The Wisdom of Ambrose – a Review

The Wisdom of Ambrose by Susan Prudhomme (OakTara, February 2011) 167 pages.

Reviewed by Christine Sunderland

In this delightful fantasy by Susan Prudhomme, empty-nester Susan Anderson seeks to find her true identity among the lofty and silent redwoods of Northern California.  She crosses into another world, a parallel time, and meets Ambrose, a large brown bear.

As baby-boomer mothers watch their children grow up and leave home, they are left with painful gaps in their lives.  Some have professions that fill their hearts, minds, and hours, and perhaps for these busier moms the question of identity may be put off until retirement, perhaps not.  Those who dedicated those eighteen (plus) years to their children (and spouse) as stay-at-home moms may find the gap immense.  Those who controlled every hour of every day, scheduling events, being “Super Moms”, may ask themselves desperate questions.

 And so Susan Anderson, her husband challenged by his teaching job, her children grown and gone, is filled with unease.  She has learned over the years the habit of love, of caring for, of guiding.  She has controlled and organized, to create a happy home life.  In a sense she has lived through others in this caretaking – her husband, her children.  Being a homemaker is, I believe, a naturally satisfying role for women, and in our culture vitally necessary to the raising of the next generation, the stability of marriage and family, and the health of American culture.  It is a hugely important job and tragically underappreciated.  But what happens when suddenly (or so it seems) they no longer have children to fill their days, when controlling others is no longer possible?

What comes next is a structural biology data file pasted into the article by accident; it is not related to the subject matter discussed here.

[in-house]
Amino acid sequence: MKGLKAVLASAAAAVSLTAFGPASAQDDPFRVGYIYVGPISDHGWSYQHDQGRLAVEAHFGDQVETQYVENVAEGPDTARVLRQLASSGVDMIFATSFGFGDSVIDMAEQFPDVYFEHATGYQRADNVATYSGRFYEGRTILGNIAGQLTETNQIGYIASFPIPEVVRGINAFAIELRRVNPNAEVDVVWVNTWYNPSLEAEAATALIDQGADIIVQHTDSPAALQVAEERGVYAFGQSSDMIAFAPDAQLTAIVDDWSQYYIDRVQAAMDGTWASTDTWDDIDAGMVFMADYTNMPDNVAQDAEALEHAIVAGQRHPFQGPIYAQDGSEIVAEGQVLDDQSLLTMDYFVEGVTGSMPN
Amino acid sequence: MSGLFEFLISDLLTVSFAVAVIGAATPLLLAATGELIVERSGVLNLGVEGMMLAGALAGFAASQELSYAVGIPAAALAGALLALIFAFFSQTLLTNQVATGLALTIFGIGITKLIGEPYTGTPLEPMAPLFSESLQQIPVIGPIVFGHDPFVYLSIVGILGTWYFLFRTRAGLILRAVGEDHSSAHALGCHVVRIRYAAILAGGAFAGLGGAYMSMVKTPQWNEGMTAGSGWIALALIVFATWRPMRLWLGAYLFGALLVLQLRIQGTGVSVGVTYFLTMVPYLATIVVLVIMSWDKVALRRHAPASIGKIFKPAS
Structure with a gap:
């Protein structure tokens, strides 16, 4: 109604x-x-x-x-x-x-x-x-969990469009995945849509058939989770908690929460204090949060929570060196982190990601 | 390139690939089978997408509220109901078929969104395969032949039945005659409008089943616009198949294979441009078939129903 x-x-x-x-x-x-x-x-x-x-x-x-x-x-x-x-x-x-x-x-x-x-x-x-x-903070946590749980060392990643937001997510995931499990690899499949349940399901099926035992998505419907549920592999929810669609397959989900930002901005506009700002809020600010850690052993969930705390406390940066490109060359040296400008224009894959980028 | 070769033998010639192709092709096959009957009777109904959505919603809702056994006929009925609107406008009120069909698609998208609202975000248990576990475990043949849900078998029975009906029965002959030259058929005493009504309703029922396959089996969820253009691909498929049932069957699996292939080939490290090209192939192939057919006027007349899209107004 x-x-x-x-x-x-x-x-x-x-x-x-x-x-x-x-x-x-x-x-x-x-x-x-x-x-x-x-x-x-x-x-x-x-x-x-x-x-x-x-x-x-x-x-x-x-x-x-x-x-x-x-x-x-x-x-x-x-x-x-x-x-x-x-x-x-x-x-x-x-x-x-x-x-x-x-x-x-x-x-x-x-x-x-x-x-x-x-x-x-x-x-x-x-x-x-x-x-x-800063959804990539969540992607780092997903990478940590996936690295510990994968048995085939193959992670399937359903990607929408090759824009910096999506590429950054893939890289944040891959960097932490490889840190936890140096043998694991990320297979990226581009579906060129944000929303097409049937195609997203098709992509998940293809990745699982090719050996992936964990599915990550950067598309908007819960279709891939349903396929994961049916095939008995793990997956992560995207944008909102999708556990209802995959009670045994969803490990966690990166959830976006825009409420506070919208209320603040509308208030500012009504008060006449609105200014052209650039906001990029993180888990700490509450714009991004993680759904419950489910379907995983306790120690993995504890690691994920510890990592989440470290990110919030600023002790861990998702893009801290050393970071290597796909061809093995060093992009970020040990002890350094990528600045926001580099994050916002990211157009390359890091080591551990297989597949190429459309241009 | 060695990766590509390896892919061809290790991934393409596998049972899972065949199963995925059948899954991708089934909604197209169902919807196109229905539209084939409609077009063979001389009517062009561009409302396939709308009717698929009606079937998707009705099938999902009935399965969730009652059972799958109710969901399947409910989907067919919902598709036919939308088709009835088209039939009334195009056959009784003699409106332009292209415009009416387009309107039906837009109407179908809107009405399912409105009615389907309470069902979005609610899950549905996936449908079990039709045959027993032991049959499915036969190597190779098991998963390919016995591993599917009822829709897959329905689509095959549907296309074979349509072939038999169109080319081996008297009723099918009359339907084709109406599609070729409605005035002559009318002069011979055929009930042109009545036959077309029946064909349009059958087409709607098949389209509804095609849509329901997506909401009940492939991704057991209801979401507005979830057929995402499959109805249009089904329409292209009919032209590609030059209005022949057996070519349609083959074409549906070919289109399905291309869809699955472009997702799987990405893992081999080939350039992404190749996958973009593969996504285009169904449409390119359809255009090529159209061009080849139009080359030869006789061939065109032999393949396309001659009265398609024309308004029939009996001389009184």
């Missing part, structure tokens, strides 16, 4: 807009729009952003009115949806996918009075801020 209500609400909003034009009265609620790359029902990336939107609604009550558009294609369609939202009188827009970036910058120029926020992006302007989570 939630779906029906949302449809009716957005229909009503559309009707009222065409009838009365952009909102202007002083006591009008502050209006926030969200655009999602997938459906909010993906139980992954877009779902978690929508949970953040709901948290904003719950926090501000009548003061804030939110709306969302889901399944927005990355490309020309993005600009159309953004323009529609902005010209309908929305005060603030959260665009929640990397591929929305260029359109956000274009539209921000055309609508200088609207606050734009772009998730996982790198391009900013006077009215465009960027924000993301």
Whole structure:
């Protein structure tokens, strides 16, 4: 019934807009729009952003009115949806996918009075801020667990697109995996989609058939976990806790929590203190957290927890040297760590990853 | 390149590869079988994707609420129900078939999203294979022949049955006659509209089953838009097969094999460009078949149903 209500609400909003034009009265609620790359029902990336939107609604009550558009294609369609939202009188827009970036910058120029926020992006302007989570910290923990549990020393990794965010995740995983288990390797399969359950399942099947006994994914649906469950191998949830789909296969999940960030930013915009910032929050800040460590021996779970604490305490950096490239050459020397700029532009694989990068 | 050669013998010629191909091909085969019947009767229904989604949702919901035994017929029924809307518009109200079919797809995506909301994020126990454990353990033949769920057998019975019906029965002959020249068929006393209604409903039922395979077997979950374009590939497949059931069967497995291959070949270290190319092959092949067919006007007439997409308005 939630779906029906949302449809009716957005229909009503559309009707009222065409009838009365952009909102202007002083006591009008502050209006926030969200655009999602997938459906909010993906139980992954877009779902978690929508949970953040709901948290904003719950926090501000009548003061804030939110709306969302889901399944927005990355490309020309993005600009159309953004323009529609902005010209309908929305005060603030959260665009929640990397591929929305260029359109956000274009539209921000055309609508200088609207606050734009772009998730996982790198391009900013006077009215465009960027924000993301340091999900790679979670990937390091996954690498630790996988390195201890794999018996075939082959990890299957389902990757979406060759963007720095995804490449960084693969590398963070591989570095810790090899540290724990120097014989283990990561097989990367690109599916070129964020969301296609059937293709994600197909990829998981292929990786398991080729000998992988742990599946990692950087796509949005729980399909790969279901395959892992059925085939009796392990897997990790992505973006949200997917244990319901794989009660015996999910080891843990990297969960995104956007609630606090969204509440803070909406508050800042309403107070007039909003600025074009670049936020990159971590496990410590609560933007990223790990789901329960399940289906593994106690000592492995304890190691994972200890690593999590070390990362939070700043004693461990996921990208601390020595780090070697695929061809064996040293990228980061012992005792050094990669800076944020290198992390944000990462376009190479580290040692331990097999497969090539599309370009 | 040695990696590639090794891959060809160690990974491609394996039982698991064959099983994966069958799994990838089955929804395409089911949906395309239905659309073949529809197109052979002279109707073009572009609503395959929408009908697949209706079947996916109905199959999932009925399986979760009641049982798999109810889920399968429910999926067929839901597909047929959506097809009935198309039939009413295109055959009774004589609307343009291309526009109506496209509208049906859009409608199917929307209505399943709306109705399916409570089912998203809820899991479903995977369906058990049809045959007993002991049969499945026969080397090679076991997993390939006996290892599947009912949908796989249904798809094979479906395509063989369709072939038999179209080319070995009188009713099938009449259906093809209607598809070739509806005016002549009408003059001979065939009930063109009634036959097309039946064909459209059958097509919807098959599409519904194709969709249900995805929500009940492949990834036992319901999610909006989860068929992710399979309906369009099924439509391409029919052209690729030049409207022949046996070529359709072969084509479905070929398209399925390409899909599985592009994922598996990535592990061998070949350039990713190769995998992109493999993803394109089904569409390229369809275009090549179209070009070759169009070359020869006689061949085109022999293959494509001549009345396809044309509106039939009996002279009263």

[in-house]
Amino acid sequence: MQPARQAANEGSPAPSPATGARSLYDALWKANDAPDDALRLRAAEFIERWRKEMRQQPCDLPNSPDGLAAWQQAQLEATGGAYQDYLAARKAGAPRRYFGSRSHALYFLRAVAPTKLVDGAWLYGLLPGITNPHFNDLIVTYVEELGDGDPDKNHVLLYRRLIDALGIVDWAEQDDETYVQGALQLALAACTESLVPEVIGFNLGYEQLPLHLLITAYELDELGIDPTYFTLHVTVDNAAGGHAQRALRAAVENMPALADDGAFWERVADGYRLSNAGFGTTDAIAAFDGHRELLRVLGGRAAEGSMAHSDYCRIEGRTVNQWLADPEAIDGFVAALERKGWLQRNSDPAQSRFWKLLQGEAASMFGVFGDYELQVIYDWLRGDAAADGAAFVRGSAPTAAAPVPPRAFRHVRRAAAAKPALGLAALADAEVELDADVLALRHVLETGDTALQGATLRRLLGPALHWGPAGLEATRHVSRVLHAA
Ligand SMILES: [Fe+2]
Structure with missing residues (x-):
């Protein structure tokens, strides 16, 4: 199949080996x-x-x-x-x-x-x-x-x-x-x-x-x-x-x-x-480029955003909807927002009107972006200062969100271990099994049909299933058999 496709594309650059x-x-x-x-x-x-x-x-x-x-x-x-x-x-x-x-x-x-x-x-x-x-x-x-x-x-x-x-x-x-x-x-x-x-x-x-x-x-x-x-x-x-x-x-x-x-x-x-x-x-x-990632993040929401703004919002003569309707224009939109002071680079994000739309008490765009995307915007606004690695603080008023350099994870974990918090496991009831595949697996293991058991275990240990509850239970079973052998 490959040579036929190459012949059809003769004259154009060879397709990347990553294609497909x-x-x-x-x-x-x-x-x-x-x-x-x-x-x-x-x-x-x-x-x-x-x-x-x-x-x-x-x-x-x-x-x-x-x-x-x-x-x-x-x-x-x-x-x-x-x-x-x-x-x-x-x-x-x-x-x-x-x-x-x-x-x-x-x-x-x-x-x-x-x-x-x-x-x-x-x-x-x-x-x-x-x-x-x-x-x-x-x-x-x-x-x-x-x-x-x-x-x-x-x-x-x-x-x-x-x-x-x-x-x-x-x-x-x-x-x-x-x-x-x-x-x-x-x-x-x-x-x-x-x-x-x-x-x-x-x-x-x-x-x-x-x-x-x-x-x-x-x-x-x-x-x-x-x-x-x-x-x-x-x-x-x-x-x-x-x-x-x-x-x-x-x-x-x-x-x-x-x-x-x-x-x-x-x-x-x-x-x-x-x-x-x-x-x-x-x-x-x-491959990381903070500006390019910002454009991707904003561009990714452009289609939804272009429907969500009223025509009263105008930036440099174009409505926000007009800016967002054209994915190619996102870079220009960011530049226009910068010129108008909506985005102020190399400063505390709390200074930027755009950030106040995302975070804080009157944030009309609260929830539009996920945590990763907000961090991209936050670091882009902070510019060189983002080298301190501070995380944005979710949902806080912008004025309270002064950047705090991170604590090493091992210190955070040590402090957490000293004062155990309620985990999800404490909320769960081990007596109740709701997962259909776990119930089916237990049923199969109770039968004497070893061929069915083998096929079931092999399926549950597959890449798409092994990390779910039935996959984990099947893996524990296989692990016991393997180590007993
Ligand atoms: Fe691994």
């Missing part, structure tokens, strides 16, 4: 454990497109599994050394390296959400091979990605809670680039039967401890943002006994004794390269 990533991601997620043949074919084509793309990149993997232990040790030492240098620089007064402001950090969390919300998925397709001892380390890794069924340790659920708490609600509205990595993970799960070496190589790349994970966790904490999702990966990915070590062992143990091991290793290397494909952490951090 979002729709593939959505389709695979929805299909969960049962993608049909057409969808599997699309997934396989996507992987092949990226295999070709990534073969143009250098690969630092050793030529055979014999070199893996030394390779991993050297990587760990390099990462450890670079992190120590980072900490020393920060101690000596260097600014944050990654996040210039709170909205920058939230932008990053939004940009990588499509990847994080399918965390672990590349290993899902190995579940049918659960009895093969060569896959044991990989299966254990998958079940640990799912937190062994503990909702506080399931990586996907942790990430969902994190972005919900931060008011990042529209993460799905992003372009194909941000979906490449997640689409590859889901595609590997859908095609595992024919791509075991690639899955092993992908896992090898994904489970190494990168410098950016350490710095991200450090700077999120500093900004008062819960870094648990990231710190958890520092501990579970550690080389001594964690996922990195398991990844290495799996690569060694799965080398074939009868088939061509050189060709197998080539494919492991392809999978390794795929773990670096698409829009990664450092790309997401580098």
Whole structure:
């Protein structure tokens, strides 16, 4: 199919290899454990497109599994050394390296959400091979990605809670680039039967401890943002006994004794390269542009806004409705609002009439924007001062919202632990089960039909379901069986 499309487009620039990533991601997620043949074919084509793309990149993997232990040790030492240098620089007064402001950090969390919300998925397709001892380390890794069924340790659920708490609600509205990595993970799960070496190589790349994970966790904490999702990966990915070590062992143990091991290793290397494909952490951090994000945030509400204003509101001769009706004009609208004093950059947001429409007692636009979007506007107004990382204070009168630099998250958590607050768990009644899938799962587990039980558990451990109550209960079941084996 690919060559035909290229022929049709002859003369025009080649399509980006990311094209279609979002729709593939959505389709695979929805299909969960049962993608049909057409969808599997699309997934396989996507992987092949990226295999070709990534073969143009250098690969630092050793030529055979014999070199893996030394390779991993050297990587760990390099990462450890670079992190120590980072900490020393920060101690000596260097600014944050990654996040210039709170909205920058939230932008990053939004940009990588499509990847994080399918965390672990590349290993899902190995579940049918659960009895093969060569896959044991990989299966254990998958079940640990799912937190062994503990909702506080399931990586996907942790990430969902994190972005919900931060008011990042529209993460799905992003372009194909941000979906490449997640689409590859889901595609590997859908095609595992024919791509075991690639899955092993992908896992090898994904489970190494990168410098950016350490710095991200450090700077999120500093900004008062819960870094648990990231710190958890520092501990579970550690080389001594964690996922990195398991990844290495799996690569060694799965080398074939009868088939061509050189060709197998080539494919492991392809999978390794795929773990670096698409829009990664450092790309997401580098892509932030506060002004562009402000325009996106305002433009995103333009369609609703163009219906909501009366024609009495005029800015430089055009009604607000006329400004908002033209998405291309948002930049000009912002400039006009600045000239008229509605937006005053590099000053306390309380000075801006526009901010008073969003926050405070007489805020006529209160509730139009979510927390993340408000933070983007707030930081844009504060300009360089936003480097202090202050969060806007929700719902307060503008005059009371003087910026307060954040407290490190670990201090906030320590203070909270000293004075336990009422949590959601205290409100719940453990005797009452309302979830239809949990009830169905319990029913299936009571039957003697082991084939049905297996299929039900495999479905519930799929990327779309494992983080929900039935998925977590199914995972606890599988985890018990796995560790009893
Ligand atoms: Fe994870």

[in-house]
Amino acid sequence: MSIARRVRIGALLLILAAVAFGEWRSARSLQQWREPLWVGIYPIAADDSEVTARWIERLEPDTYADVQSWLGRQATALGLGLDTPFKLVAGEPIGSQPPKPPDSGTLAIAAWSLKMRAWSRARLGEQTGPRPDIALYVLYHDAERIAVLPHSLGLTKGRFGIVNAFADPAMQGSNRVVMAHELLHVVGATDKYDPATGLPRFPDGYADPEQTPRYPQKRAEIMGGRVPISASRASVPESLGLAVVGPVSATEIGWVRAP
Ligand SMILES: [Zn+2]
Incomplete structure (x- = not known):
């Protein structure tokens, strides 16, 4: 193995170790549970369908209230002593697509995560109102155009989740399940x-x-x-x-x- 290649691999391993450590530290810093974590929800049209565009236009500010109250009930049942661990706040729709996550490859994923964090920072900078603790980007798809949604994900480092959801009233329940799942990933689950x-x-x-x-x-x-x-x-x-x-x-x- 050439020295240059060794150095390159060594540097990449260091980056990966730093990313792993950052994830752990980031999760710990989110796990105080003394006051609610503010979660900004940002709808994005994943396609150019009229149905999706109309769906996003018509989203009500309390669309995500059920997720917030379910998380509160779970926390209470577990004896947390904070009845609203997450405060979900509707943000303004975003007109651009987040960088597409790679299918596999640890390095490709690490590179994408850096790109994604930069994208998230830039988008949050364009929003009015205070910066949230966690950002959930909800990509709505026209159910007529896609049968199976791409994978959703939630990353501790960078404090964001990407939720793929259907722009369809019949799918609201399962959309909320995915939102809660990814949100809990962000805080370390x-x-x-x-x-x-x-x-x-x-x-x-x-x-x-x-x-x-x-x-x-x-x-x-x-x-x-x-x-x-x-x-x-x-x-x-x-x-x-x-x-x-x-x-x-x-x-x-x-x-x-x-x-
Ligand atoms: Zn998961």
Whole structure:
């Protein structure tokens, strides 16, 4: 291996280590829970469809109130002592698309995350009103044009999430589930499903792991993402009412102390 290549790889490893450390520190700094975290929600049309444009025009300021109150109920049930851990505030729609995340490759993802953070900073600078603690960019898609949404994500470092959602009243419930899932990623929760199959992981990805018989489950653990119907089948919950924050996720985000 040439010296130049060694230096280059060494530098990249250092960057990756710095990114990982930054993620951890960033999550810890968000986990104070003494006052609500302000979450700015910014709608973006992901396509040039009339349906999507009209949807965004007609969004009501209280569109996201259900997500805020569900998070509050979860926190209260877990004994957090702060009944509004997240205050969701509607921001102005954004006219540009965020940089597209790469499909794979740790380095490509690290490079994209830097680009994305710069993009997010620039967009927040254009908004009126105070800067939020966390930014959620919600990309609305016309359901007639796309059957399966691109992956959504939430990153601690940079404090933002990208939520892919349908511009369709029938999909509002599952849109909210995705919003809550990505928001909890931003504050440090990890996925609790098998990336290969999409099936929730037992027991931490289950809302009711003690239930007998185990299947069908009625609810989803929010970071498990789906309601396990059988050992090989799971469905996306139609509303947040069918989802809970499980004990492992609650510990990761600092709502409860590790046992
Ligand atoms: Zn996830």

Susan Anderson’s loss and search for herself is a universal experience, shared by men and women in all walks of life, in all times and places.  We move through our weeks in varying ways, thinking our work and our relationships identify us.  When the job is lost, the family member gone (mother, father, spouse, child), the best friend relocated, or the marriage threatened, a void is left and we are forced to face ourselves, our true identity.  Like Susan, each of us asks, “Who am I?”, “Why am I here?”, “How do I fill the void?”  In The Wisdom of Ambrose, the other Susan, author Susan Prudhomme, offers profound answers.

 This short novel is a well-written, elegant, and captivating tale, fine for any age but particularly appropriate for empty-nesters.  As I turned the pages, becoming more and more enchanted, I often thought of Milne’s Winnie the Pooh¸ Lewis’s The Chronicles of Narnia, and Tolkien’s The Hobbit.  Ambrose, who calls himself “just a bear,” comes to life, as do the other creatures we meet in these majestic woods.

 Theologically, we can trust in this tale that the answer to Susan Anderson’s quest is not in the natural world, for the animals too are “bent,” working their own way through their own time.  This is not a pantheistic, nature worshiping, animistic tale, and tree-huggers be warned.  The answer to Susan’s quest lies in a Christian cosmology, where a Great King reigns and a Lady of the Forest guides her people to be good.  The natural world is, to paraphrase Hopkins, charged with the grandeur of God, and lingering there can be inspiring.

 It was a great pleasure to spend time among the majestic redwoods and the burbling streams, the birds and the small creatures.  I entered a world that adults are prone to forget, with notes of earlier innocent days, and it was good to be back.  I loved Ambrose, and am most grateful for Susan Prudhomme’s lovely book.

 I’m now looking forward to her next novel, The Forest, not a sequel, but the first of a trilogy, and more pages of Christian enchantment.

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